Friday, December 17, 2004

Vison, Discipline and Pleasure

I have been rather busy as many seem to be this week before the christmas thing unleashes itself upon us....I have been mainly trying to finish two essays I have to write on the literature of the Restoration and the 18th century. This has been an interesting adventure in text. I have come into the field so well described by the French thinker Michel Foucault and as all his books in the library in English have waiting lists of 4 or 5 on them I've brought Discipline and Punish and eagerly await its arrival in the mail (perhaps after the christmas thing). My second paper is on Visual Presence and Disciplinary Gaze in the Spectator by Addison, and in Moll Flanders by Defoe, and here is the intro for those who have just clicked over from some blog of steamy gossip and taudry lives and are interested in Literary criticism as well:

Gordon (2002) describes the textuality of the Spectator (1711-13) as the depiction of “all behavior as rhetorical, designed to satisfy or persuade imagined audiences, and which also shared the desire to produce legible subjects.” (Gordon 2002:86). I argue this as resulting in textual production as being representations of visible and invisibly regulated visual codes of appearance and behavior in pervasive discursive spaces (Home, Workplace, Coffee House, Park), the physically largest being the city of London itself. Texts depict and propagate this legibility with narrative maintenance of spectatorship and cautionary examples of the failure to maintain acceptable codes of behavior through the production of various forms of subjectivity. I propose that two parallel textual examples of this are Addison and Steele’s Spectator broadsheet (1711-13) as a manual and reporter of code and Defoe’s Moll Flanders (1722) as a textual depiction of the failure of maintaining codes or the dangers of impersonating them.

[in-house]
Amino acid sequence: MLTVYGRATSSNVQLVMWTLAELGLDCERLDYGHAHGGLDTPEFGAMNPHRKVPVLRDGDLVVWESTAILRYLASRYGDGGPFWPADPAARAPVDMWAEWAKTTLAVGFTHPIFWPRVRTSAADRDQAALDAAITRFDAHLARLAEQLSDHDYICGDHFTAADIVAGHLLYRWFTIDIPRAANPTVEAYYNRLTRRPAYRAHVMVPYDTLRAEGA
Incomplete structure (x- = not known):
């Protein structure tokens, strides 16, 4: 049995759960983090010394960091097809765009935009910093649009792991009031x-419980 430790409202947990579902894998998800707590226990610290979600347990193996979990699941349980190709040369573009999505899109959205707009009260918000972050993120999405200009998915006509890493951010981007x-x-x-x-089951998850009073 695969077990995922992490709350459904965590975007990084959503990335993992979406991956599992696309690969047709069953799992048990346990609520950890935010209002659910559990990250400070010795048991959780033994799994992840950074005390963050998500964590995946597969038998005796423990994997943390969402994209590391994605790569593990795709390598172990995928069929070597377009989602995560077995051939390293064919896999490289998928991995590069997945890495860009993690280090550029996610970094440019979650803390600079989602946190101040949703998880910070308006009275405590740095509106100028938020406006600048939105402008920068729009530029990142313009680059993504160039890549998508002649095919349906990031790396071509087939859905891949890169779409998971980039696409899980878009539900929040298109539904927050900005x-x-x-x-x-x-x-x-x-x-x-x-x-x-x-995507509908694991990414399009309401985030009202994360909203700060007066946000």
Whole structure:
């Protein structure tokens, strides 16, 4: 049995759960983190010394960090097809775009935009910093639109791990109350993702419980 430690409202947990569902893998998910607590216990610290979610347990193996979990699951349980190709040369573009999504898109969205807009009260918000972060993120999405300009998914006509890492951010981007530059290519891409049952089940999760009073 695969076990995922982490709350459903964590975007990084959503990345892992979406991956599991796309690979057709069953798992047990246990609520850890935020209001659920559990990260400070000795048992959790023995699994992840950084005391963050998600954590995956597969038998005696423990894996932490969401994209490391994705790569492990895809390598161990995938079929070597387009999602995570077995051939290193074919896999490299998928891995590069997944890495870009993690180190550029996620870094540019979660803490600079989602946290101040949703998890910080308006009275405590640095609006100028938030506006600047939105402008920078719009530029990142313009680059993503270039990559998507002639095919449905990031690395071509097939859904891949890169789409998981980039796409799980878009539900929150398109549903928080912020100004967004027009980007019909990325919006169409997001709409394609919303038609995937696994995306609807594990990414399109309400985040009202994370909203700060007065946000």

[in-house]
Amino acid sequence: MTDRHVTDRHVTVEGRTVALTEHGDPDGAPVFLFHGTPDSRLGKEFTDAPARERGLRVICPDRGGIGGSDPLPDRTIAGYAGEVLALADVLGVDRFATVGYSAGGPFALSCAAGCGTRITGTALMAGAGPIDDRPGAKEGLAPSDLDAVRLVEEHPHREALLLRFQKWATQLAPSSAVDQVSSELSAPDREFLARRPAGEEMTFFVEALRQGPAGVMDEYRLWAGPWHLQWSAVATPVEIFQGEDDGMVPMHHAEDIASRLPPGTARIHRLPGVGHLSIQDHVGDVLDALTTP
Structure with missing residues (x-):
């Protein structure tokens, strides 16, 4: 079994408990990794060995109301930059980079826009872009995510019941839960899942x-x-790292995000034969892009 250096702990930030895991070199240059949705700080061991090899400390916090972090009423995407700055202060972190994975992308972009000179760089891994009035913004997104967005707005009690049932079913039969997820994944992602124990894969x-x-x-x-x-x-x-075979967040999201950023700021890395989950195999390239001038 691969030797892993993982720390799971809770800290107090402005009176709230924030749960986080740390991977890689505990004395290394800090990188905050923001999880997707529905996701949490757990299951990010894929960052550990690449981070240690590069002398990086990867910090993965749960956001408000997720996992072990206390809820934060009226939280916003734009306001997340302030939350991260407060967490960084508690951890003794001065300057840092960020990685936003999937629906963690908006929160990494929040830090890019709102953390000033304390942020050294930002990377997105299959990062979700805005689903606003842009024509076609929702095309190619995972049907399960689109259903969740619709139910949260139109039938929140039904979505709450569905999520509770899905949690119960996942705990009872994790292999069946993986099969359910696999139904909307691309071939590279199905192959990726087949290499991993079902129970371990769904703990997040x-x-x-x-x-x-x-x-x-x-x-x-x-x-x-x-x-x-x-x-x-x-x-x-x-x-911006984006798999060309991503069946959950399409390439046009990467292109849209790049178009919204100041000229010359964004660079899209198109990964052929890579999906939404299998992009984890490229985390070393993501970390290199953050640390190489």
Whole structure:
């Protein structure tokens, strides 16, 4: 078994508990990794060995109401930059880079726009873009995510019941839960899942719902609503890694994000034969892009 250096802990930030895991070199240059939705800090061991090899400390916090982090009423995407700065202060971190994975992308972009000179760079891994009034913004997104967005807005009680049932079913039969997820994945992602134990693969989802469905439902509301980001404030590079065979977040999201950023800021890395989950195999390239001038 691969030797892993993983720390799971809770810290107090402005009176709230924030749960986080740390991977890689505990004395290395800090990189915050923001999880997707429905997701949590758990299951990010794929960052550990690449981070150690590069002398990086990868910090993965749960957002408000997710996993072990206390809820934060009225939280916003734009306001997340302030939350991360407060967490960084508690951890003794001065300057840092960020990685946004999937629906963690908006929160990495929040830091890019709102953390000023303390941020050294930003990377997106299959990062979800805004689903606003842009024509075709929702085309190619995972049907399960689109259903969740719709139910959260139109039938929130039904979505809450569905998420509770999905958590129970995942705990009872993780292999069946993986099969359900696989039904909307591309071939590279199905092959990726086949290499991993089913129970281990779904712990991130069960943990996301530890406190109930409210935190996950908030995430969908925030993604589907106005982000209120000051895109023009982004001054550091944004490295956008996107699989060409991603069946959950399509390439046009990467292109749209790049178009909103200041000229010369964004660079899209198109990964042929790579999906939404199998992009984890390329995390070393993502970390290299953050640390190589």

Pretty riveting stuff ehh......

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